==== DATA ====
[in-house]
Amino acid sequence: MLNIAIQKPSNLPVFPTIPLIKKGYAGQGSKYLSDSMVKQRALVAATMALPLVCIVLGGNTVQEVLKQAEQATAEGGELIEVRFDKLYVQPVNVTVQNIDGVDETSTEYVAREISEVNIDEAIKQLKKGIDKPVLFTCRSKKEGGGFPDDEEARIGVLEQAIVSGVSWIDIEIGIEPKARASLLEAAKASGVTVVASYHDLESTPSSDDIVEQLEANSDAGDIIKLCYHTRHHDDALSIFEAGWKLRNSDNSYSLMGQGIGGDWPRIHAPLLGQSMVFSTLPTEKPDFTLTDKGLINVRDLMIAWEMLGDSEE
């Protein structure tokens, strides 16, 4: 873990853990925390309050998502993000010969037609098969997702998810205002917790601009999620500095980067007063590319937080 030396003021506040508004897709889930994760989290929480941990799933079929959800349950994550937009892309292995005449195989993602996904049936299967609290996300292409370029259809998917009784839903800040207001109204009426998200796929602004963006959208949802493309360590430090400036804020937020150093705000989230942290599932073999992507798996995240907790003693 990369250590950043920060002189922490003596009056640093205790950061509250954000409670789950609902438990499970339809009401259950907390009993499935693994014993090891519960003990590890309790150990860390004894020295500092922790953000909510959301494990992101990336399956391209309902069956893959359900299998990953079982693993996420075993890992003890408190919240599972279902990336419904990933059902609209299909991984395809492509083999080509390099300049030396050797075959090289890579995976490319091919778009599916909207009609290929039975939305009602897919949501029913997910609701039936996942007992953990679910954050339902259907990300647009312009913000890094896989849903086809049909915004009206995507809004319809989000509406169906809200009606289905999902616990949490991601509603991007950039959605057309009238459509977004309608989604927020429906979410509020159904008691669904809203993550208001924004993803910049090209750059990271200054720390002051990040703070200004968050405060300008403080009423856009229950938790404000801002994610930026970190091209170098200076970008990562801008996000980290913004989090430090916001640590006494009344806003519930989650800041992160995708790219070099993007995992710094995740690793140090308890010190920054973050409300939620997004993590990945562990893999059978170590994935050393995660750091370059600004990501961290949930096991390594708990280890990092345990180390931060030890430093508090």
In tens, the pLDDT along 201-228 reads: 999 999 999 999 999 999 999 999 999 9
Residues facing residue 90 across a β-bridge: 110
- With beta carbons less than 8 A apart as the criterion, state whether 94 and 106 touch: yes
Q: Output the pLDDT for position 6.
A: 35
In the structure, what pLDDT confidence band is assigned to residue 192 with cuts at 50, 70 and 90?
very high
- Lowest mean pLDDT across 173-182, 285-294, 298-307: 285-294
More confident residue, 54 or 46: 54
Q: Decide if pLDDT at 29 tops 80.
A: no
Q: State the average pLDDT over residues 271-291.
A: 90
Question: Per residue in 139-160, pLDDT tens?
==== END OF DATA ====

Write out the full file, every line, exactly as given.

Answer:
[in-house]
Amino acid sequence: MLNIAIQKPSNLPVFPTIPLIKKGYAGQGSKYLSDSMVKQRALVAATMALPLVCIVLGGNTVQEVLKQAEQATAEGGELIEVRFDKLYVQPVNVTVQNIDGVDETSTEYVAREISEVNIDEAIKQLKKGIDKPVLFTCRSKKEGGGFPDDEEARIGVLEQAIVSGVSWIDIEIGIEPKARASLLEAAKASGVTVVASYHDLESTPSSDDIVEQLEANSDAGDIIKLCYHTRHHDDALSIFEAGWKLRNSDNSYSLMGQGIGGDWPRIHAPLLGQSMVFSTLPTEKPDFTLTDKGLINVRDLMIAWEMLGDSEE
């Protein structure tokens, strides 16, 4: 873990853990925390309050998502993000010969037609098969997702998810205002917790601009999620500095980067007063590319937080 030396003021506040508004897709889930994760989290929480941990799933079929959800349950994550937009892309292995005449195989993602996904049936299967609290996300292409370029259809998917009784839903800040207001109204009426998200796929602004963006959208949802493309360590430090400036804020937020150093705000989230942290599932073999992507798996995240907790003693 990369250590950043920060002189922490003596009056640093205790950061509250954000409670789950609902438990499970339809009401259950907390009993499935693994014993090891519960003990590890309790150990860390004894020295500092922790953000909510959301494990992101990336399956391209309902069956893959359900299998990953079982693993996420075993890992003890408190919240599972279902990336419904990933059902609209299909991984395809492509083999080509390099300049030396050797075959090289890579995976490319091919778009599916909207009609290929039975939305009602897919949501029913997910609701039936996942007992953990679910954050339902259907990300647009312009913000890094896989849903086809049909915004009206995507809004319809989000509406169906809200009606289905999902616990949490991601509603991007950039959605057309009238459509977004309608989604927020429906979410509020159904008691669904809203993550208001924004993803910049090209750059990271200054720390002051990040703070200004968050405060300008403080009423856009229950938790404000801002994610930026970190091209170098200076970008990562801008996000980290913004989090430090916001640590006494009344806003519930989650800041992160995708790219070099993007995992710094995740690793140090308890010190920054973050409300939620997004993590990945562990893999059978170590994935050393995660750091370059600004990501961290949930096991390594708990280890990092345990180390931060030890430093508090």
In tens, the pLDDT along 201-228 reads: 999 999 999 999 999 999 999 999 999 9
Residues facing residue 90 across a β-bridge: 110
- With beta carbons less than 8 A apart as the criterion, state whether 94 and 106 touch: yes
Q: Output the pLDDT for position 6.
A: 35
In the structure, what pLDDT confidence band is assigned to residue 192 with cuts at 50, 70 and 90?
very high
- Lowest mean pLDDT across 173-182, 285-294, 298-307: 285-294
More confident residue, 54 or 46: 54
Q: Decide if pLDDT at 29 tops 80.
A: no
Q: State the average pLDDT over residues 271-291.
A: 90
Question: Per residue in 139-160, pLDDT tens?